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Merchants Join the Online Marketplace

Local sellers jump into Web 2.0.

Last month the team at Candy Nichols children's clothing launched a Web site to give their customers another option to view and purchase their most popular products.

Although many local merchants have a presence on the Web, Candy Nichols is among just a handful who are now selling their merchandise online.

In the past several years Candy Nichols closed store locations in Greenwich and Rye, so they felt the new Web site could reconnect them with customers who no longer have a store in their local neighborhood. They also wanted to reach customers who’ve made purchases while visiting New Canaan from far-flung places once they’ve returned home.

Candynichols.com launched the first week of September offering the store’s best lines and most popular brands, such as One Kid and Petit Bateau.

Candy Nichols employee Tara Carberry (and the owner’s daughter) built the site and negotiated with the bank over the terms for online selling, despite being an English and Art History student with little background in computers. Last April she started teaching herself to skills to launch the site while taking classes and working part time.

Carberry is still generating ideas to entice customers to visit candynichols.com, including showcasing on the site a gallery of six New Canaan children modeling store clothing, and offering free shipping and holiday wrap to online shoppers.

Anna Carberry, co-owner of Candy Nichols, says they are able to view their site traffic and know they have lots of "lookers," but that they have not yet completed a sale online. So far they have about 1,000 customers who have provided their emails to hear about store news, and they have all been informed about the new Web site.

Lang's Pharmacy launched online shopping about two years ago and communicated the new service primarily via in-store signage. Retail Manager Shannon Kelly says about 400 customers now utilize langspharmacy.com monthly, and about 800 are registered. Most log on to order prescription refills, which can either be delivered to a customer's home for a flat fee or picked up in store at one's convenience. The site does not process payments.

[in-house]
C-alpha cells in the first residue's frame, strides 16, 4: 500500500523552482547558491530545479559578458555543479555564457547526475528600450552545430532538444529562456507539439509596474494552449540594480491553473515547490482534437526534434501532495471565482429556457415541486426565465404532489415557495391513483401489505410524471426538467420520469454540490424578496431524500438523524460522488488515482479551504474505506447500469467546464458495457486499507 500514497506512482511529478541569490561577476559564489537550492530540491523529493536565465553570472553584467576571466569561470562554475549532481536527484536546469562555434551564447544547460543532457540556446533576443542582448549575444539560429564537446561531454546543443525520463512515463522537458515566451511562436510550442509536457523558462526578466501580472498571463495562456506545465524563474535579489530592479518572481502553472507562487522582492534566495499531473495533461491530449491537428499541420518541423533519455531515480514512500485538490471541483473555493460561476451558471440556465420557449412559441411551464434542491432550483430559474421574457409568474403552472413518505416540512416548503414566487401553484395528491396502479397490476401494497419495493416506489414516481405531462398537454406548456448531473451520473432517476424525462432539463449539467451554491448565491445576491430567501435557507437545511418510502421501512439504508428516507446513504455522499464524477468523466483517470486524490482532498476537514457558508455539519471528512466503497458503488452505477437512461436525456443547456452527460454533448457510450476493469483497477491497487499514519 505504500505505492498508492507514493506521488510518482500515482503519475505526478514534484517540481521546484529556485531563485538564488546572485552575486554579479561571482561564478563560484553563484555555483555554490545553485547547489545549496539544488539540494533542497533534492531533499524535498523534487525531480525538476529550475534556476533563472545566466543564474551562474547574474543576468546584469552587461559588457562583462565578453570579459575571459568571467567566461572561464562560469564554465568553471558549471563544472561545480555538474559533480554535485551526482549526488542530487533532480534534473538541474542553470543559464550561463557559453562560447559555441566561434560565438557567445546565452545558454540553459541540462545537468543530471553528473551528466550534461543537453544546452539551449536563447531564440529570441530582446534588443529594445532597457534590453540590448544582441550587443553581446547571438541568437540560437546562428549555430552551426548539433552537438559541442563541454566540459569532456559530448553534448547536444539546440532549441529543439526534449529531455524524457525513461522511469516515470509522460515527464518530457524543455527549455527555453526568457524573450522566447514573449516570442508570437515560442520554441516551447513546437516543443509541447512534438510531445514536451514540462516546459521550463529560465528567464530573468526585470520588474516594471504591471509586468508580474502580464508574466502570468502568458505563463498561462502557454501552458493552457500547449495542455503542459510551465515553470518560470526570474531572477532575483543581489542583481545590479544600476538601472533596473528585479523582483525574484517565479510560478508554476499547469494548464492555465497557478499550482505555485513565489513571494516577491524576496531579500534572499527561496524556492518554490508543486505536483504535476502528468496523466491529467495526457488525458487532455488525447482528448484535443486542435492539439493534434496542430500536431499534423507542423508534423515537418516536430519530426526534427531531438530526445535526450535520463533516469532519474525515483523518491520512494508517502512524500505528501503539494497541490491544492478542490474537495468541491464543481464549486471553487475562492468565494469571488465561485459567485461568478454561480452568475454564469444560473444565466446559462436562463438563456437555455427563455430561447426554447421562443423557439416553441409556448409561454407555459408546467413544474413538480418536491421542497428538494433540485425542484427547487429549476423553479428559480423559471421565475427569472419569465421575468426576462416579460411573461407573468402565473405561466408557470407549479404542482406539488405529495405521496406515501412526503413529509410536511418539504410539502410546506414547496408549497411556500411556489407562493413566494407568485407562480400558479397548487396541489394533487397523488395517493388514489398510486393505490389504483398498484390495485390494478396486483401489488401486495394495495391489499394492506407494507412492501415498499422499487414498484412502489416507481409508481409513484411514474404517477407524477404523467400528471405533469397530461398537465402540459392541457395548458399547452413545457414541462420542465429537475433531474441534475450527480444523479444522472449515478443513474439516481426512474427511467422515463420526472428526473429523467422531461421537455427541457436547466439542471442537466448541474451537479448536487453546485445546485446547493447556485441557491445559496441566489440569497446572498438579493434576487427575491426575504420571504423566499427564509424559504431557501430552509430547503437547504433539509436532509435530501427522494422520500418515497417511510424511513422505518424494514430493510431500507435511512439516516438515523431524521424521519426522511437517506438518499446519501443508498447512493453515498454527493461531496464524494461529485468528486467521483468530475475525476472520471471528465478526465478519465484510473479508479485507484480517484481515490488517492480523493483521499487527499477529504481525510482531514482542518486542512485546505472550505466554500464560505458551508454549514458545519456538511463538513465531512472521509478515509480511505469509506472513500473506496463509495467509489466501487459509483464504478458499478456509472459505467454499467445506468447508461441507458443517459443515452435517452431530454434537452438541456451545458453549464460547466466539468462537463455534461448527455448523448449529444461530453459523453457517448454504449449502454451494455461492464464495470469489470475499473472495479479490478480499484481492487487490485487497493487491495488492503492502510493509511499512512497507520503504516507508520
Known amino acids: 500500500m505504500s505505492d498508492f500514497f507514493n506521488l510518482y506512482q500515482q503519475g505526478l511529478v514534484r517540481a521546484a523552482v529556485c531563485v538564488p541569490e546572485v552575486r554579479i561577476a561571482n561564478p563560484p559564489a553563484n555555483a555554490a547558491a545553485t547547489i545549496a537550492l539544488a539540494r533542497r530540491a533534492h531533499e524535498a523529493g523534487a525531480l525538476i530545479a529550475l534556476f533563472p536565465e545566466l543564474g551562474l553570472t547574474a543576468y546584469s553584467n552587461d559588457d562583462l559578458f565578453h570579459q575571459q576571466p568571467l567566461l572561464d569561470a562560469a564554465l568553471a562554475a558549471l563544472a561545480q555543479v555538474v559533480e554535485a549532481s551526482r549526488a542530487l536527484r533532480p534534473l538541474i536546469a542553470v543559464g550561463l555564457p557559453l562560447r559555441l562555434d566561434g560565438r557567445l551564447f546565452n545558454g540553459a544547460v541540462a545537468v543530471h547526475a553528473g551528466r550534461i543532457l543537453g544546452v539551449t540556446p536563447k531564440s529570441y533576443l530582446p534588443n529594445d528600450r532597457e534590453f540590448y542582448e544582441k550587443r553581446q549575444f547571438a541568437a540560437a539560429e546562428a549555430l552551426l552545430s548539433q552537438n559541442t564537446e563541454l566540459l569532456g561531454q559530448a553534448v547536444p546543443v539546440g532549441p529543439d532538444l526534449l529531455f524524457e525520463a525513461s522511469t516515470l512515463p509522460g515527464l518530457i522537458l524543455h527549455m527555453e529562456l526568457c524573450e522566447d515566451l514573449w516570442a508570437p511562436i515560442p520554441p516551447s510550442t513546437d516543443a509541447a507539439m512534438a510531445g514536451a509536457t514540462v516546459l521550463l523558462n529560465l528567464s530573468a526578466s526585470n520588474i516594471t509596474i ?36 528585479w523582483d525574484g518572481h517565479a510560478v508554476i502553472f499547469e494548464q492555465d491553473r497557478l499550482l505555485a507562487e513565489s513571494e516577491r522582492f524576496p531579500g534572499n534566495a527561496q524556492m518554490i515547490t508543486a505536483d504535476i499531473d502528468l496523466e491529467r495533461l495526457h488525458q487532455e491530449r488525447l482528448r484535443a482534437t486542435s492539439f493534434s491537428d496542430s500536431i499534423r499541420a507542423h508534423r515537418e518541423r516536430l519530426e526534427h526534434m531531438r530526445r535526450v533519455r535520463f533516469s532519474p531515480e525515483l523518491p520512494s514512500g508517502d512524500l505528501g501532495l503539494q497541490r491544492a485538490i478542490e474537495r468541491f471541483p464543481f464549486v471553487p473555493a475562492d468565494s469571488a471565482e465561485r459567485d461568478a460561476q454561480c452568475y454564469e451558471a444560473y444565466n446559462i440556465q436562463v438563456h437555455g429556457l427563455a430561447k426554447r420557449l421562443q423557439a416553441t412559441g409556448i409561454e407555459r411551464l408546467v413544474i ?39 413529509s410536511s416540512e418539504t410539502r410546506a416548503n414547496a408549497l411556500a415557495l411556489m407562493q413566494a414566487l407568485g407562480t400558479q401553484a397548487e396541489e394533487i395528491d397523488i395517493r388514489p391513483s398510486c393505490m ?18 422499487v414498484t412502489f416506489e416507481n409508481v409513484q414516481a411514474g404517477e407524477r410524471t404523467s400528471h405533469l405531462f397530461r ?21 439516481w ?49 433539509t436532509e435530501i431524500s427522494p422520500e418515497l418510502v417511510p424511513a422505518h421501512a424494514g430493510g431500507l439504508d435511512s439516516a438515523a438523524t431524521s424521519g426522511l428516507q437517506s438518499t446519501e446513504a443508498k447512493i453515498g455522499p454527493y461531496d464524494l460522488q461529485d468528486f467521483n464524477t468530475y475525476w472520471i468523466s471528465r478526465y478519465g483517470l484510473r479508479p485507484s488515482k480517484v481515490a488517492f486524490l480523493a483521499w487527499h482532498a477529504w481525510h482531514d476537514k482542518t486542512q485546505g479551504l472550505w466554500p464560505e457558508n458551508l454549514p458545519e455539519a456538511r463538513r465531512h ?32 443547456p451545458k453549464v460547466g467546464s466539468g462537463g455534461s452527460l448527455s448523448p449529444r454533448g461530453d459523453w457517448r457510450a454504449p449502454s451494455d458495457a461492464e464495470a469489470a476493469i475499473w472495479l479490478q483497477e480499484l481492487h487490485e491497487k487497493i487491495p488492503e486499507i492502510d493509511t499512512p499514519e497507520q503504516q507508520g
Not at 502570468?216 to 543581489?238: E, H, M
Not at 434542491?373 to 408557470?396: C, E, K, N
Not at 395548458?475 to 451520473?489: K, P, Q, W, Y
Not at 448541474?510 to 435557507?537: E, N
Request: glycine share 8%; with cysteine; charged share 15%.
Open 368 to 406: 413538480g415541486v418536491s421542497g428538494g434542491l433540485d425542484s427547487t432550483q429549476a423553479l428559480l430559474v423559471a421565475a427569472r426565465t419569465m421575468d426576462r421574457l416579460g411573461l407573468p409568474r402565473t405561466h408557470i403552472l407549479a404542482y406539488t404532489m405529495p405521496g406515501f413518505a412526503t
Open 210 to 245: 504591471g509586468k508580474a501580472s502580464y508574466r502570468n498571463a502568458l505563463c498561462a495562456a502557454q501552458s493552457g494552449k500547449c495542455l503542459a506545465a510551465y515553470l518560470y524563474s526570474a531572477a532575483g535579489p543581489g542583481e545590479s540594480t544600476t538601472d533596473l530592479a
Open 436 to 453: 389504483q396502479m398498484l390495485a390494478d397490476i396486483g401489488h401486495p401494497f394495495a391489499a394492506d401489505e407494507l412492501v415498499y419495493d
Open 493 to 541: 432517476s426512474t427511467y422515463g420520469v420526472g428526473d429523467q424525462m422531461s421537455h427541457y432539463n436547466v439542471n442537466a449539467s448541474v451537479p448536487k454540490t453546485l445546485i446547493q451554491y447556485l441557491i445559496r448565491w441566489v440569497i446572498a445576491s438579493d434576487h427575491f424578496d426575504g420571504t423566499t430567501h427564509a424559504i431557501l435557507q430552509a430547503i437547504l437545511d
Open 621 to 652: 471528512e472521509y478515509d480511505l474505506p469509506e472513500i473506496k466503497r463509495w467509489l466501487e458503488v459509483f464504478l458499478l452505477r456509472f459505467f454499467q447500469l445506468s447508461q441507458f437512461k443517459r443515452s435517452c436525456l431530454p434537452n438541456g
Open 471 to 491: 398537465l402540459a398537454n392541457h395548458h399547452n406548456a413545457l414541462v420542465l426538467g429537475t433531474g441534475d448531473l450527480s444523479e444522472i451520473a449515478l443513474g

Although he primarily sells and rents movies at his Gramophone Video Shop, Jack Trifero has gone online with a couple of sideline enterprises.

A few years ago Trifero watched the only local premium, professional photo development store close its doors. To fill the void, he launched Gramophone Photo, where customers can upload photos, edit them with tools such as cropping and red eye reduction, and order them for pickup the next day at his video store. He says he has loyal customers who have been using the service regularly.

Trifero also launched modernhouseman.com to advertise his driving tours of New Canaan’s modern houses and discussion of the Harvard Five architects, including Philip Johnson, who lived and worked here in the 1940s. Personalized tours of up to four people begin at his Gramophone Video shop downtown and last for about an hour and fifteen minutes. His clients have come from cities across the U.S. and even from Europe.

Other merchants have thought about offering online services, but have not yet taken the plunge.

Chris Smith, manager at Zumbach's Gourmet Coffee, says owner Doug Zumbach has been considering offering mail order service for their whole bean and roast and ground coffees. Other possible offerings could include biscotti or gift baskets. Smith does not anticipate a launch until 2010, but customers can stay informed of the store's online selling plans by registering at zumbachscoffee.com.

Valerie Magee November 05, 2009 at 03:11 PM
I am disappointed that you did not mention Francos Wine Merchants (http://www.francoswine.com ), who have been selling online since November 2001! They are really trailblazers and I think that they should have been showcased in this article. I am proud to be their webmaster, and responsible for the design of their web site and their sophisticated online store. Perhaps, you'd like to run a follow-up story about their online experience? Valerie Magee

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